Progress beyond the state-of-the-art

BIODIVERSITY AND LIVELIHOOD GOVERNANCE

Society is faced with a wide variety of rapidly evolving and intricate policy problems that demand complicated choices between possible solutions. Unfortunately, important choices in these fields must often be taken under conditions characterised by uncertainty as societies become more and more complex and interdependent. Decisions therefore often have to be taken in a setting where a lack of knowledge of coming conditions is usual and where large numbers of people will be affected. When policies fail to achieve their aims, or where policy-makers are perceived to be inadequate, a lack of public support often develops, and in retrospect, a lack of legitimacy. Research has shown that many societies are in fact faced with problems of decreasing legitimacy, that is, the public now have less faith in government than they did for 20-30 years ago. Decisions made by political leaders, managers, and administrators are questioned more and more, and negative reactions to what are considered sub-optimal policies have become more aggressive. How then to make better decisions, or at least to make sure that decisions are accepted by society and seen as legitimate? If the polity (the political and administrative institutions of government) is unable to solve societal problems by itself, then must government develop into something more? Many contemporary writers feel so, and claim that a way out of the dilemma is to move from government to governance. Governance is seen here as including politics and administration, civil society, and economic interests as three different actors with established formal and informal institutions. Cohen and Arato (1994) describe civil society as being between the state and economic interests, and in line with this typology civil society is defined here as a sphere of activity separate from the politico-administrative and business sectors. Shared decision-making and implementation allows (and may force) formally non- political actors to share responsibility with the polity, and thus possibly increase the perceived legitimacy of decisions and policy. The necessity of increased legitimacy for decisions and policy noted above is especially important in the fields of sustainable ecosystem governance and biodiversity, where the implementation of policies is often dependent on their acceptance by stakeholders and the public. Participation by these groups therefore becomes more and more necessary as problems diversify and become more spatially diffuse.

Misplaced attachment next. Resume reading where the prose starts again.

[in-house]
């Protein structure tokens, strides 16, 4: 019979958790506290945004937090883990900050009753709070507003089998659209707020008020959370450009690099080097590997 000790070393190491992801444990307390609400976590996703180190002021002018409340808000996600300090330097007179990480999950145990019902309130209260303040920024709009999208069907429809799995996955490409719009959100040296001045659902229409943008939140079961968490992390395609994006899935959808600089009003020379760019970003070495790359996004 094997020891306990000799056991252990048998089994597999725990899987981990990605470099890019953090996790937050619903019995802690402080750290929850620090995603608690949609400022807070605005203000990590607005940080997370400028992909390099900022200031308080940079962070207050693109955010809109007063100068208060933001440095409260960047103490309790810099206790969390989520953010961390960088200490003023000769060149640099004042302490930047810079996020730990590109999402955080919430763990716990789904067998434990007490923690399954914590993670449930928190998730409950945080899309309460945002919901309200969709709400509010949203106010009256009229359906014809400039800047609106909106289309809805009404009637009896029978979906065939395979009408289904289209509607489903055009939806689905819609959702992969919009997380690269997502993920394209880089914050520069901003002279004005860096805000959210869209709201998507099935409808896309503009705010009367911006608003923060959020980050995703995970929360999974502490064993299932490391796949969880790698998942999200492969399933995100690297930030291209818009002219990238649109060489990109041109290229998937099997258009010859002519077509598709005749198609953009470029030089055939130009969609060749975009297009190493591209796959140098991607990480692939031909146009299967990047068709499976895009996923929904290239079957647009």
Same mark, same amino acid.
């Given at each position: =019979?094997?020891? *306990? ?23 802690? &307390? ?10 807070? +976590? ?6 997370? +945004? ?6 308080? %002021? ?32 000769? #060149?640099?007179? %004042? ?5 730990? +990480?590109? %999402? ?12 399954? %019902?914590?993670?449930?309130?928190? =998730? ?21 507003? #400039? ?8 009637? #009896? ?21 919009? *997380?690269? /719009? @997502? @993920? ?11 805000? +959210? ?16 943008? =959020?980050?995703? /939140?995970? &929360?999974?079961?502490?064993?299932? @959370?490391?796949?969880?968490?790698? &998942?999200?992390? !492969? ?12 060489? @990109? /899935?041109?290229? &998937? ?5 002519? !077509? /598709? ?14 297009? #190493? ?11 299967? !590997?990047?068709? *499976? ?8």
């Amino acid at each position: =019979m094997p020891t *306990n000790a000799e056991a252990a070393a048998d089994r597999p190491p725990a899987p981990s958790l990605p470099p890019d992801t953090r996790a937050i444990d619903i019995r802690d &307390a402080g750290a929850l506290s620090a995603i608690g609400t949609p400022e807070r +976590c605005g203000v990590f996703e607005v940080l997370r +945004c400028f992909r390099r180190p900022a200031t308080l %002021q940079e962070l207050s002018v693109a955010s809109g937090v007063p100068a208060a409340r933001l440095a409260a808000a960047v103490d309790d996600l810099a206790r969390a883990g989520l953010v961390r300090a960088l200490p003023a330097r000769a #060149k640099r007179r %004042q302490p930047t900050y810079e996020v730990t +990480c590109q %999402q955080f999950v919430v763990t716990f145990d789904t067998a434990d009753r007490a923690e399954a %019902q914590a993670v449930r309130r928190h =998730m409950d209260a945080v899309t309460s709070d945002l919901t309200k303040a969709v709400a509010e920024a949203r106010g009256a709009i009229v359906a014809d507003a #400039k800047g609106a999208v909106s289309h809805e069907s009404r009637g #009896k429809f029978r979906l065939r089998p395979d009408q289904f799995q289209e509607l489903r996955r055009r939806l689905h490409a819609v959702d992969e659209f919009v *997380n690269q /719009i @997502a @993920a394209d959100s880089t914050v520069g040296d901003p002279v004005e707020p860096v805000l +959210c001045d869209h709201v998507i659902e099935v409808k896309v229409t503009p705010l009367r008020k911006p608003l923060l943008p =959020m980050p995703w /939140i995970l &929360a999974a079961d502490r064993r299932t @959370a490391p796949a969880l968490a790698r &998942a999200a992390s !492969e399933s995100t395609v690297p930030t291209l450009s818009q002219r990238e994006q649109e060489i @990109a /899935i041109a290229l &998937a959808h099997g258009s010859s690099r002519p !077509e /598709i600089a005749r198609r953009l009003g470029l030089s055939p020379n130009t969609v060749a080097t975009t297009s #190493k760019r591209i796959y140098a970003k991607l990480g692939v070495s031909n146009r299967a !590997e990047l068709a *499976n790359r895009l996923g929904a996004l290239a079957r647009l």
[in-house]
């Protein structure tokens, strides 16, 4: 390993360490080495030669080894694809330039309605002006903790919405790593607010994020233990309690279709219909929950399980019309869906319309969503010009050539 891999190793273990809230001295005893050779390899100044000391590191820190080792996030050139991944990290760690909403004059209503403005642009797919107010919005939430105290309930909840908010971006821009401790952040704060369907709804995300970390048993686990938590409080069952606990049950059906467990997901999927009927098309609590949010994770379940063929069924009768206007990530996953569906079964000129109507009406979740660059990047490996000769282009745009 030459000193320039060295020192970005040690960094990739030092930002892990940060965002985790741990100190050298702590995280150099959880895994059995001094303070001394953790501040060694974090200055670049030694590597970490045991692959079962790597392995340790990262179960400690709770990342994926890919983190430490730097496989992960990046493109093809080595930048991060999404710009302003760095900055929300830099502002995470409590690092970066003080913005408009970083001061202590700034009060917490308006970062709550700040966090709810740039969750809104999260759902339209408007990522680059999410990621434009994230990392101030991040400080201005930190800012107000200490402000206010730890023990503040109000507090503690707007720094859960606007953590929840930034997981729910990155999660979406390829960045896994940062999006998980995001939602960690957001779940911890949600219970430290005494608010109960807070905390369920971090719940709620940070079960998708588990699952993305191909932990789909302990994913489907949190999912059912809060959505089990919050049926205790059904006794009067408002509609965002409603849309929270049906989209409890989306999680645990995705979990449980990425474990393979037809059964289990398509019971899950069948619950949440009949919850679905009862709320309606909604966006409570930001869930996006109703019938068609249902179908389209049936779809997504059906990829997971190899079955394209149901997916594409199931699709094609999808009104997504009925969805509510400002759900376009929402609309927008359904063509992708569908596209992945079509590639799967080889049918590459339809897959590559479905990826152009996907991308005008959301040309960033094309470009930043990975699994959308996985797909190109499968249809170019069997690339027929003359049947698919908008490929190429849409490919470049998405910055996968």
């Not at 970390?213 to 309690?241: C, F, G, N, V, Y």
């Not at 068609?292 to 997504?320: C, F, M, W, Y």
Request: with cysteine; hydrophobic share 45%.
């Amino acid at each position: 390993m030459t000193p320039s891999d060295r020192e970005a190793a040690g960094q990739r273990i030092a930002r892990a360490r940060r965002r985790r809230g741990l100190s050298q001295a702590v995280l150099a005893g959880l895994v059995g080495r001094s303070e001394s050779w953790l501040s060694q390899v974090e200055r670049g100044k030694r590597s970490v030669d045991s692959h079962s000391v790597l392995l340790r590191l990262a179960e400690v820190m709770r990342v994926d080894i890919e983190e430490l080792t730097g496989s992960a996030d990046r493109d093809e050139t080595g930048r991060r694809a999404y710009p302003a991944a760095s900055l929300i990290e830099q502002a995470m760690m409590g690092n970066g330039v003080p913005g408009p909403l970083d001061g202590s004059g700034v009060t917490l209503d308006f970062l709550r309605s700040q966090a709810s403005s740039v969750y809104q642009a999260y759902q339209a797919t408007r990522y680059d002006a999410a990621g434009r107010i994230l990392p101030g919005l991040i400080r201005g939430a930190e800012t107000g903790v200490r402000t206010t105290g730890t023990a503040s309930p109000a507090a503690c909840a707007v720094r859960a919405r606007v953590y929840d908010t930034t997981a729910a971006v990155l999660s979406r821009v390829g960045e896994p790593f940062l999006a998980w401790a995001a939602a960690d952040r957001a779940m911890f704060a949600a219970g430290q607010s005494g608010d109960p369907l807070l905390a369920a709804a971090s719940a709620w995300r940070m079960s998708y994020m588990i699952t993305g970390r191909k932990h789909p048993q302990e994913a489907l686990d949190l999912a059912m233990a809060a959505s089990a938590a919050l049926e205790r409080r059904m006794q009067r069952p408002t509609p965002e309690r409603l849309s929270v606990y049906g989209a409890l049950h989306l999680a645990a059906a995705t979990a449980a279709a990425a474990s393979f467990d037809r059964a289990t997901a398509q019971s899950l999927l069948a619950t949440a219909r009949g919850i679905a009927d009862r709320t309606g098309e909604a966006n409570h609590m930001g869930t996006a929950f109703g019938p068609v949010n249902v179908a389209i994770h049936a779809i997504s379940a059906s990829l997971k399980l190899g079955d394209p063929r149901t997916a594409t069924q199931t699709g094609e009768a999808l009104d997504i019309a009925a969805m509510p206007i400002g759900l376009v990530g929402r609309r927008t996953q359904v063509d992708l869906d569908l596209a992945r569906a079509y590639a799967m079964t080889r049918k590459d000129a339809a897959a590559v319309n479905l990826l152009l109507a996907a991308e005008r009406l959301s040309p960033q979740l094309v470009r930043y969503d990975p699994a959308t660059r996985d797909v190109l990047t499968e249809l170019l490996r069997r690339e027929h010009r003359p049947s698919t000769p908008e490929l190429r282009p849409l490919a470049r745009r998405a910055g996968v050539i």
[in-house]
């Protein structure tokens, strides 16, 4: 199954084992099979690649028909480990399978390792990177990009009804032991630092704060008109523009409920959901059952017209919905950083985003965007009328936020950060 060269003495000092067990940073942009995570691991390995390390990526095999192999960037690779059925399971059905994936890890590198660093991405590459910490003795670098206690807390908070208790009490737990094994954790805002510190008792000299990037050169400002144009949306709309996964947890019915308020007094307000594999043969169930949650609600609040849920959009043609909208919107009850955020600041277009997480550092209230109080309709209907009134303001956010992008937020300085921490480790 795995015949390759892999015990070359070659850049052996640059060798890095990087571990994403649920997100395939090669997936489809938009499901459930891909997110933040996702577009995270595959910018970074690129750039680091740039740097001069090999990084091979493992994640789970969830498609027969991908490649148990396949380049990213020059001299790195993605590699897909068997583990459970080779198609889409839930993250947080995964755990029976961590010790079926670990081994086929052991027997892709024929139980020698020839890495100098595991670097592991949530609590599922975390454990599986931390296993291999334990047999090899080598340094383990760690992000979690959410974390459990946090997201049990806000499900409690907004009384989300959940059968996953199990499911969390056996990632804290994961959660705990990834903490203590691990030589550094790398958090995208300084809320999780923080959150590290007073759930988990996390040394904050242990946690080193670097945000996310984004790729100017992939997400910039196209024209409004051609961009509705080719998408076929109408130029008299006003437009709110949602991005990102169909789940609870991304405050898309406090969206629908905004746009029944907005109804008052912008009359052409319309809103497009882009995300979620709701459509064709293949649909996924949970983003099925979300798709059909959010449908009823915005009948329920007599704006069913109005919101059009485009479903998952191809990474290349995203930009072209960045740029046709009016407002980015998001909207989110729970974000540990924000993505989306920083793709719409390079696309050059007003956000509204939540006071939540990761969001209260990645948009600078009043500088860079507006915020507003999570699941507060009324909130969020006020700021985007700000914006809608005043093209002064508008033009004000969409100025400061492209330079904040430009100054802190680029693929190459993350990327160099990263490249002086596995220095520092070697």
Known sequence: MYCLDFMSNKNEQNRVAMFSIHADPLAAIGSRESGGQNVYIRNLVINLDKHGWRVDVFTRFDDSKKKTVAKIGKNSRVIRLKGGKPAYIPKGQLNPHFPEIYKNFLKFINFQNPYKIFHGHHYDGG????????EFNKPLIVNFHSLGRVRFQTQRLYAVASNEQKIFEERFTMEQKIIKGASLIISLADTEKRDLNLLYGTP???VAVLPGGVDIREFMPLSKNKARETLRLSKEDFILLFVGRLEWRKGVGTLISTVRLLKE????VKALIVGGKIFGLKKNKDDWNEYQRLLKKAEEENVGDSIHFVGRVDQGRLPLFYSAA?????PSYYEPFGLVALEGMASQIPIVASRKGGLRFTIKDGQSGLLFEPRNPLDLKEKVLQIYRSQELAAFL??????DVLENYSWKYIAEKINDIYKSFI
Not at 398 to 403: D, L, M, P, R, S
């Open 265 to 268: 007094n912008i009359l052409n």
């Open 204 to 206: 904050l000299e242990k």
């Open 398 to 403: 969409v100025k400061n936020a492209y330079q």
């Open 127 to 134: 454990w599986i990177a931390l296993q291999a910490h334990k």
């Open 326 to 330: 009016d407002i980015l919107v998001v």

The future state of ecosystems will be the result of a combination of societal, economic and ecological influences. Yet our ability to predict the future is handicapped by our present state of knowledge, as well as by present values, norms and beliefs. Faced with these dilemmas it is sometimes claimed that governance, or even good governance can provide possible solutions to problems of ecosystems and sustainability sketched out above. Governance, however, may present advantages, but also creates problems. First, there is the question of definition. As Rhodes has pointed out, ‘the term ‘governance’ is popular but imprecise. It has at least six uses, referring to: the minimal state; corporate governance; the new public management; ‘good governance’; socio-cybernetic systems; and self-organizing networks (Rhodes 1996). If we content ourselves with the final aspect – self-organizing networks, then we can expect these to be formed be individuals or organizations, probably coming from a number of different spheres. The forms of interaction, if we use the self-governing network metaphor, will then take place in informal contexts as opposed to hierarchical organizations. Social network theory (Ward and Williams 1997) (Rhodes 1986), will lead us to expect that these networks will differ in the number and status of the actors involved, as well as in forms of interaction and the duration of that interaction. Of vital importance in this interaction are the nodal points of the network, actors, organizations or individuals who are able to play a role as communicators and gatekeepers. This leads us to look more closely at the interaction of actors, and at the institutional contexts within which this interaction may take place. Policy choices in sustainable ecosystem management involve trade-offs between alternative uses of scant resources, as well as choices between societal values, norms, and ideologies. Power, and different forms of power, lie at the centre of the debate on government, governance, ecosystem management and sustainability, although this is not always apparent, as power can be exercised in various forms. Steven Lukes has developed a characterisation of three forms of power (Lukes 2005), of which the power to determine a discourse, present or future, can be seen as one. The other forms of power are first-level power over others, exerted through control of decision-making procedures. Secondly, Lukes describes the power to determine an agenda, and thus steer the issues that can be discussed. Lukes also analyses a form of power that is exerted, consciously or unconsciously, over the very foundations of society and our thoughts, values and beliefs. This is the power that may prevent us from thinking freely about ways to achieve sustainability, to govern ourselves, or to formulate a future not simply based on present conditions. In ecosystem governance information is often a form of power, and we will analyse the use of information as a form of power, especially with institutions, in the LiveDiverse project.